A 2015 documentary produced by Sweet Briar College graduate Harpreet Bedi ’93 will see its world premiere at UNAFF 2016, the 19th United Nations Association Film Festival, Oct. 20-30. “Under the Turban” was chosen from among more than 700 submissions for the international documentary film festival at Stanford University. This year’s theme is “Compass for a Better World.”
“Under the Turban” tells the story of a young, modern Sikh family who travels the globe, meeting with diverse communities of Sikhs to explore their roots and identity in Sikhism, the world’s fifth-largest religion.
“The film came about when my daughter Zara, who was then eight or nine years old, asked me what it meant to be Sikh,” Bedi explains. “I had no idea how to answer her.”
There are more than 25 million Sikhs all over the world, and their experiences vary greatly based on where they live, says Bedi.
“The film started as a way for us to explore as a family what this facet of our identity means to us, as well as to others in the Sikh diaspora. It’s part slice of many different lives, part academic exploration.”
For four years, Bedi and her team — husband and director Satinder Garcha and co-directors Mike Rogers and Megan Shea — researched the historical foundations of Sikhism and met with Sikh communities around the world, capturing their lives and asking them what Sikhism meant to them.
“I wanted people to have a better understanding of how diverse Sikhism is,” she adds. “The film shows you maharajahs, Italian cheese makers, scholars… Modern Sikh communities can be found all over the world.”
Sikhism is one of the world’s youngest religions, coming about in the late 15th century, and Bedi says it’s often misunderstood.
“For one thing, I can’t stand it that, when people see a turban, they immediately associate it with terrorism. We needed to set the record straight. Sikhism is not a sycophantic or violent religion at all, but a set of principles on living. It demands that you are honest and principled, and it emphasizes loyalty and selfless service for the good of others.”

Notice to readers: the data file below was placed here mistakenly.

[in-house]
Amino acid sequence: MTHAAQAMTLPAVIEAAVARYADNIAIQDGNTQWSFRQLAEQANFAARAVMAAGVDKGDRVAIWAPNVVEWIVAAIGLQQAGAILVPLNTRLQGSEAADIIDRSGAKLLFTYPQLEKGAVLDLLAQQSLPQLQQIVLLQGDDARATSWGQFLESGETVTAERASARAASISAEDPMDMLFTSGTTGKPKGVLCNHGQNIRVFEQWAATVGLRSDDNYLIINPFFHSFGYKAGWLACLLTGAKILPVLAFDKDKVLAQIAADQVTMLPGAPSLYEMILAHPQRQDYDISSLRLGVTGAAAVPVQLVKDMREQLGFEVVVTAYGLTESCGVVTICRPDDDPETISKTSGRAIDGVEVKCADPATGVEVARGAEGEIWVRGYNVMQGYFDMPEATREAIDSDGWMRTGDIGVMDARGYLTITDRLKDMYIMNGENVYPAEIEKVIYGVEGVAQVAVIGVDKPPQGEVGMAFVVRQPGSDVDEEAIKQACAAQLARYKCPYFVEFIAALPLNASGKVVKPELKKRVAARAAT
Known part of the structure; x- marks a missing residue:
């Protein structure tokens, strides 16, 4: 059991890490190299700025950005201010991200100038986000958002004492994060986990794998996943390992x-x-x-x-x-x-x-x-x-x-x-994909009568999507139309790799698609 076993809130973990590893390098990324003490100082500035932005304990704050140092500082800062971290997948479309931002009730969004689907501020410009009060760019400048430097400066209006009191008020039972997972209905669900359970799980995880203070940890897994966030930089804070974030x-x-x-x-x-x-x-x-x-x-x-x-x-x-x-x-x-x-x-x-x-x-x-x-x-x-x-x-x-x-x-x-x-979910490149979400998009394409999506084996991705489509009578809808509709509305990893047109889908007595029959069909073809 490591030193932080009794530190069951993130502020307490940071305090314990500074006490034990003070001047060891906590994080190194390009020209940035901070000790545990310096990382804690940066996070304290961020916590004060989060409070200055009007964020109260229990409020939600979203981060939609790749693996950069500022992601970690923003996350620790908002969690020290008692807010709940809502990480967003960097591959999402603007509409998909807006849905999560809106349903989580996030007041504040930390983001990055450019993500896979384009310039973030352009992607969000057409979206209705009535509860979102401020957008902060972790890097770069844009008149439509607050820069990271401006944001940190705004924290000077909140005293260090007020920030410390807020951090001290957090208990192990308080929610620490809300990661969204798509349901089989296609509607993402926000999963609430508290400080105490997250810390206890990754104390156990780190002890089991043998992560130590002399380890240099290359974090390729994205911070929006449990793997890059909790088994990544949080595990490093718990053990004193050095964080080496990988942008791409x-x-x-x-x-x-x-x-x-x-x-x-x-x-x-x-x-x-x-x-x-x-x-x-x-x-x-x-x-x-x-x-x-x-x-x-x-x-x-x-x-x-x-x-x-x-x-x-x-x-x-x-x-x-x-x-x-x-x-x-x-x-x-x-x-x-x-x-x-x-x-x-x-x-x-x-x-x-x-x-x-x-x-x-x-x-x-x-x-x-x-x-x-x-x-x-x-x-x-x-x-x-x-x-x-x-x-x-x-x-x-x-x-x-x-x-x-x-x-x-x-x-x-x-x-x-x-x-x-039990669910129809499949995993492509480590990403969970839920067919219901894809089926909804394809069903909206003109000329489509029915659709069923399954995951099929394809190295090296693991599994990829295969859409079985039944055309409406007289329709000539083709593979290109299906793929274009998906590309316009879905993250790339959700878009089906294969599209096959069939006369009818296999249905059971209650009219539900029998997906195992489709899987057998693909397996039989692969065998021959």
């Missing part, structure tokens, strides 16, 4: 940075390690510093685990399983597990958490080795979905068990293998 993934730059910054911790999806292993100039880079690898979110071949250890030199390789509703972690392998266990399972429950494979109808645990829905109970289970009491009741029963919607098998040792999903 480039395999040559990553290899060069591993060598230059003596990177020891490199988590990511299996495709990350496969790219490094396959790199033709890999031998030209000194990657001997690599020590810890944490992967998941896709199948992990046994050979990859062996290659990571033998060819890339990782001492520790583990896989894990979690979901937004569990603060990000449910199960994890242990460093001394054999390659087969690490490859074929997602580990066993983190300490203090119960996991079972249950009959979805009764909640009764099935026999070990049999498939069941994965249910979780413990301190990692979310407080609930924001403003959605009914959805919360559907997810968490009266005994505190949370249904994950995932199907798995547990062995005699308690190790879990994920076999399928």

There’s another element Bedi appreciates about Sikhism: It stresses gender equality.
“You never see a shrinking Sikh woman,” she jokes. “As a mother to four children, three of whom are daughters, I wanted my children to see this, and I want everyone who sees the film to realize this, as well.”
When she’s not making films, Bedi is the general manager of hôtel vagabond, a luxury boutique hotel that has won many accolades since it opened in January. She is one of just a few female hoteliers in Singapore.
Bedi graduated from Sweet Briar College magna cum laude in 1993, with majors in economics and international affairs. Among many other things, she was a point guard for the varsity basketball team and received the Presidential Medal her senior year.
After graduation, Bedi obtained a J.D. from Northeastern University School of Law in Boston, followed by a 10-year career as in-house counsel for Cisco Systems Inc. In San Jose, Calif., she covered the North American and European markets and was later based in Singapore as lead counsel for Asia-Pacific Procurement and Marketing. Bedi eventually co-founded Elevation Developments, a property and hotel company, while earning a master’s in medical law from the University of Glasgow in Scotland. She then founded a nonprofit interdisciplinary organization for bio-ethics legal research in Singapore, which she runs to this day.